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I'm reading in data from an SQLite database table into a data.frame with R's DBI. Often (as often as every 5 secs), new records get added into the database table externally, or existing ones updated/deleted, at which point I need to propagate these changes to my data.frame.

So the question is how can I hook onto and respond to these database events in R? I don't want to have to keep querying the database every 5 secs just to make sure nothing has changed. Is there some callback mechanism at my disposal?

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You could save the time of the last modification with "myDB.sqlite" )$mtime and compare with the current modification time regularly. A difference then would trigger a new query, saving the most recent modification date again for further comparison. – vaettchen Jan 26 '14 at 8:20
@vaettchen, thanks - I was thinking that too, but this method seems too coarse for my needs: I have a number of tables in the database and updates/inserts/deletions can happen randomly across all of them. Thus a small change in any one table would trigger a change in the database file's 'time modified' stamp and cause all my tables to be marked as needing to be reread - this is too inefficient. – mchen Jan 26 '14 at 8:38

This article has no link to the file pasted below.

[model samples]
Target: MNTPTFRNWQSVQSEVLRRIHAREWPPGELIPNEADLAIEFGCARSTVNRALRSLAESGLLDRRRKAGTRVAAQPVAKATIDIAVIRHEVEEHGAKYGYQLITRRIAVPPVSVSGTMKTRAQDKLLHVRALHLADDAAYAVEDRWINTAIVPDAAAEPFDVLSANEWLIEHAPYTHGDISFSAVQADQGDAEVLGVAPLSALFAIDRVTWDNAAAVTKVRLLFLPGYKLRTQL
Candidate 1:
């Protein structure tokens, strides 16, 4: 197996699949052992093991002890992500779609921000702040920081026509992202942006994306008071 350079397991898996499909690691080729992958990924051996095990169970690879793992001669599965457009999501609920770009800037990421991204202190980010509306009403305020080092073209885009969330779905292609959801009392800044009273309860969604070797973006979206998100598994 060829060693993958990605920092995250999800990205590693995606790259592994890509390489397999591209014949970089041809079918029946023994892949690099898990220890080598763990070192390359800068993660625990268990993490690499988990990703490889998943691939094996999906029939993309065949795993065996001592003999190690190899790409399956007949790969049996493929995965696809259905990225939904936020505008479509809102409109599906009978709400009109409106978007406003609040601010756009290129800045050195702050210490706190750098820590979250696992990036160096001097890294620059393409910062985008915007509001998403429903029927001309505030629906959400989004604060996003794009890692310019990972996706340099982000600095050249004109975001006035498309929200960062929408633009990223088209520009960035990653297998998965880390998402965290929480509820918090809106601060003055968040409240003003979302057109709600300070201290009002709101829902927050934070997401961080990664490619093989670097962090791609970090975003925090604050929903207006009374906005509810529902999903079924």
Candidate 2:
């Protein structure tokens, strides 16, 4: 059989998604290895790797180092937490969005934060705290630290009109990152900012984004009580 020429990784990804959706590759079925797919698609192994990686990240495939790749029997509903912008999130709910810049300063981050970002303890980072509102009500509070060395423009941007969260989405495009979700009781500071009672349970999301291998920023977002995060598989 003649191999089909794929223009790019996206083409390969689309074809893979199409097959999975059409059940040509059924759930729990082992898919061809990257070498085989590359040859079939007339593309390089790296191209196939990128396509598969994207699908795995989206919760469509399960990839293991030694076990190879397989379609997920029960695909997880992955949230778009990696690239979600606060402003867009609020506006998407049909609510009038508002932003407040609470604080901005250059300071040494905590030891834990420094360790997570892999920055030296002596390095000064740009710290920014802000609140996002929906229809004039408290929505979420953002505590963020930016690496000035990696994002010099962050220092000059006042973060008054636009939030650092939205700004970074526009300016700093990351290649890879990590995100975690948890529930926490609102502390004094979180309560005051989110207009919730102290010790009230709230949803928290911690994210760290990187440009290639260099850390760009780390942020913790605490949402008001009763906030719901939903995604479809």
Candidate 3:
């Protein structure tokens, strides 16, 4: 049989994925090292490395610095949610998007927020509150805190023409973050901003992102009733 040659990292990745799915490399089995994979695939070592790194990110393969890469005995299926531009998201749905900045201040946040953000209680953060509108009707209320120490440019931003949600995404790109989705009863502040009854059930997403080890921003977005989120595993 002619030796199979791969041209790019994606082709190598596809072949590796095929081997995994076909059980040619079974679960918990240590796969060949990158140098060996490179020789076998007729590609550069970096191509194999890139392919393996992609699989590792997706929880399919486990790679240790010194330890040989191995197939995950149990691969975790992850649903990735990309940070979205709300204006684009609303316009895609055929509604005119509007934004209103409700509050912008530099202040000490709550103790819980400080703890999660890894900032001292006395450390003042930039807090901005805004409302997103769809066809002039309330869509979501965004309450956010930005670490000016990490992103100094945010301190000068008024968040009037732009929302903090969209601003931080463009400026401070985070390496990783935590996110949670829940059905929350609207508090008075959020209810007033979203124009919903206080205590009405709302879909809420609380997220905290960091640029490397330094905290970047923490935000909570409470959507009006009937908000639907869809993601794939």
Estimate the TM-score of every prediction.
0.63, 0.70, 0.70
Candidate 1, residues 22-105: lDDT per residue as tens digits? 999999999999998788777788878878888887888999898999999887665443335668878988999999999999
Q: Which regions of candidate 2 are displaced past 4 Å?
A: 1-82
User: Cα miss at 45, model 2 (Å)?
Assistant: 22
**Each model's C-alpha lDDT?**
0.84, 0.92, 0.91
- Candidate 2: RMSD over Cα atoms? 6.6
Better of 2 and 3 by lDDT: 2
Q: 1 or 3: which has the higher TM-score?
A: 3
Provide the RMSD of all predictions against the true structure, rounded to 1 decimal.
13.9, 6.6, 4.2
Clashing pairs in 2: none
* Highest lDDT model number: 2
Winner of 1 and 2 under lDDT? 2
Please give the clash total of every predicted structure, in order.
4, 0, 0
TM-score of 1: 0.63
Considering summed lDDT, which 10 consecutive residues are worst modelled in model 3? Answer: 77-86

up vote 1 down vote accepted

If you have access to the C code that is writing your SQL data, then you can implement a callback:

and then in your callback function you could update the timestamp of a file if the table being modified is one your R code cares about. Then your R code checks the timestamp of that file, and if its changed, only then does it need to query the SQLite database.

Now I don't know if you could add a callback to the SQLite connection held by R and expect to get a callback if another SQLite connection/process changes the database table. I doubt it, I suspect the callbacks are only triggered if the connection they are registered with does the update, because otherwise all sorts of asynchronous things happen, and there's no event handler.

Another idea is to use triggers to update a database table of modification times. Define triggers on all tables you care about so that they update a row in a "last modified" table. Then use the file modification time to check for any change to the database, and then your R only has to query the "last modified" table to see what specific table has changed since last check.

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+1 for triggers – mchen Jan 26 '14 at 15:11

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